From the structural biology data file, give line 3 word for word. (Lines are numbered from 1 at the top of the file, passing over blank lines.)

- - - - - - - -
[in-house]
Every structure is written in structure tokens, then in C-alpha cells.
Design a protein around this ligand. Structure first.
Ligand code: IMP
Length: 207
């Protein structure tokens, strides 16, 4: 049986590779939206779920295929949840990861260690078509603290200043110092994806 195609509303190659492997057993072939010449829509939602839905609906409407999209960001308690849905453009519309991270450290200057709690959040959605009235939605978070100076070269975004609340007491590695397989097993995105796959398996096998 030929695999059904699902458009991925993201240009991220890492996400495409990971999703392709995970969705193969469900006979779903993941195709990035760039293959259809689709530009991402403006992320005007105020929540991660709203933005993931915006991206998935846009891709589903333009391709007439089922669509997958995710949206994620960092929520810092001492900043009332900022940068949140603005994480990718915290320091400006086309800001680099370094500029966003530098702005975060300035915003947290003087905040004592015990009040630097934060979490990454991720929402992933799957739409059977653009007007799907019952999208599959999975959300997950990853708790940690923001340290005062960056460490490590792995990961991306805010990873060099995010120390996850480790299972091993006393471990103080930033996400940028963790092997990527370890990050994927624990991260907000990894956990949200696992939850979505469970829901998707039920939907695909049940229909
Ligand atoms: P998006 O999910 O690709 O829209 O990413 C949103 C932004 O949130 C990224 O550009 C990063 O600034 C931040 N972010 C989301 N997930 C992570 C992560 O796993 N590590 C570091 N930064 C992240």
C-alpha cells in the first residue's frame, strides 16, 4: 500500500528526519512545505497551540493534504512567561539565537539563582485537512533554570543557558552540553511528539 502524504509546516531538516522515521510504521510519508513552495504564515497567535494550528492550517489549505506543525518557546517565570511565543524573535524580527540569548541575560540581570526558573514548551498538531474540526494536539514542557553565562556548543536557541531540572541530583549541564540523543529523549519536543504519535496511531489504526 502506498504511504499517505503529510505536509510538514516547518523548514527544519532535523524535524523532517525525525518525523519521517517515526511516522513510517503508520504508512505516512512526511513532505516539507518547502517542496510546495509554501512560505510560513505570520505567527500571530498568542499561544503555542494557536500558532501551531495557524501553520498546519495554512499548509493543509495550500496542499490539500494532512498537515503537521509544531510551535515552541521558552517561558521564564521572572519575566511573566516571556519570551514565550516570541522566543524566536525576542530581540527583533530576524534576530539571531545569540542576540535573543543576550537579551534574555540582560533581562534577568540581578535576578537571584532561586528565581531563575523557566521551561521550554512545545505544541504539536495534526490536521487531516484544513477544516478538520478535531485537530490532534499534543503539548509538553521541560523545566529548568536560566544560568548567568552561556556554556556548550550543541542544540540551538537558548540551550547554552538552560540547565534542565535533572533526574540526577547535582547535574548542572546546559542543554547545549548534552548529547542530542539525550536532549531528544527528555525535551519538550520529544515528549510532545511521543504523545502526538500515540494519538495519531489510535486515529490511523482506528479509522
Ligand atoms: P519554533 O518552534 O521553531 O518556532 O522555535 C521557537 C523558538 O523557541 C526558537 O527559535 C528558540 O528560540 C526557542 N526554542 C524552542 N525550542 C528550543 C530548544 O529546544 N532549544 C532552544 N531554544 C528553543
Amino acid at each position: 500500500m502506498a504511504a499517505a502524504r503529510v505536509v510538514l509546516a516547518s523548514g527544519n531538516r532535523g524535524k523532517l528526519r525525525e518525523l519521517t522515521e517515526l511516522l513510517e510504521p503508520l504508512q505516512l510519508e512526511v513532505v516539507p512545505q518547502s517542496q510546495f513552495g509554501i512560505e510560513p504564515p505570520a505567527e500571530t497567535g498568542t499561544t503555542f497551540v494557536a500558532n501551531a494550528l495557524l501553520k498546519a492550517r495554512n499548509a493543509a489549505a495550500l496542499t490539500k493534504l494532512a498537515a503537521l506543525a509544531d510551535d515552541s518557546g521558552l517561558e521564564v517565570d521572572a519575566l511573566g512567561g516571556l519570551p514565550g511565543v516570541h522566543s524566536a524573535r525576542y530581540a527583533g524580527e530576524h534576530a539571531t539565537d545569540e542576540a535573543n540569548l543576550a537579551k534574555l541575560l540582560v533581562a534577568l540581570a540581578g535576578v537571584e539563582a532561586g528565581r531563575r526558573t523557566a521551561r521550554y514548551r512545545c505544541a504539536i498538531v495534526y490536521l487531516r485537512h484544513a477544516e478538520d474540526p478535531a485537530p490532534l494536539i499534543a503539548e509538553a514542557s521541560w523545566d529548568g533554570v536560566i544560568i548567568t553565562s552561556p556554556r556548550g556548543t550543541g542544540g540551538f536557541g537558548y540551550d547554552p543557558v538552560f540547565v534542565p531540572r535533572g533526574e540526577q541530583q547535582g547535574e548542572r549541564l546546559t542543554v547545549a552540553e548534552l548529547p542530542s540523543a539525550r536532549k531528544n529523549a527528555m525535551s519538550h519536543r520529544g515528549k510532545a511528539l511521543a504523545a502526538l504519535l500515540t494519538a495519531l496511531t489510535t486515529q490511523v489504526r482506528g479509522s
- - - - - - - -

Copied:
Design a protein around this ligand. Structure first.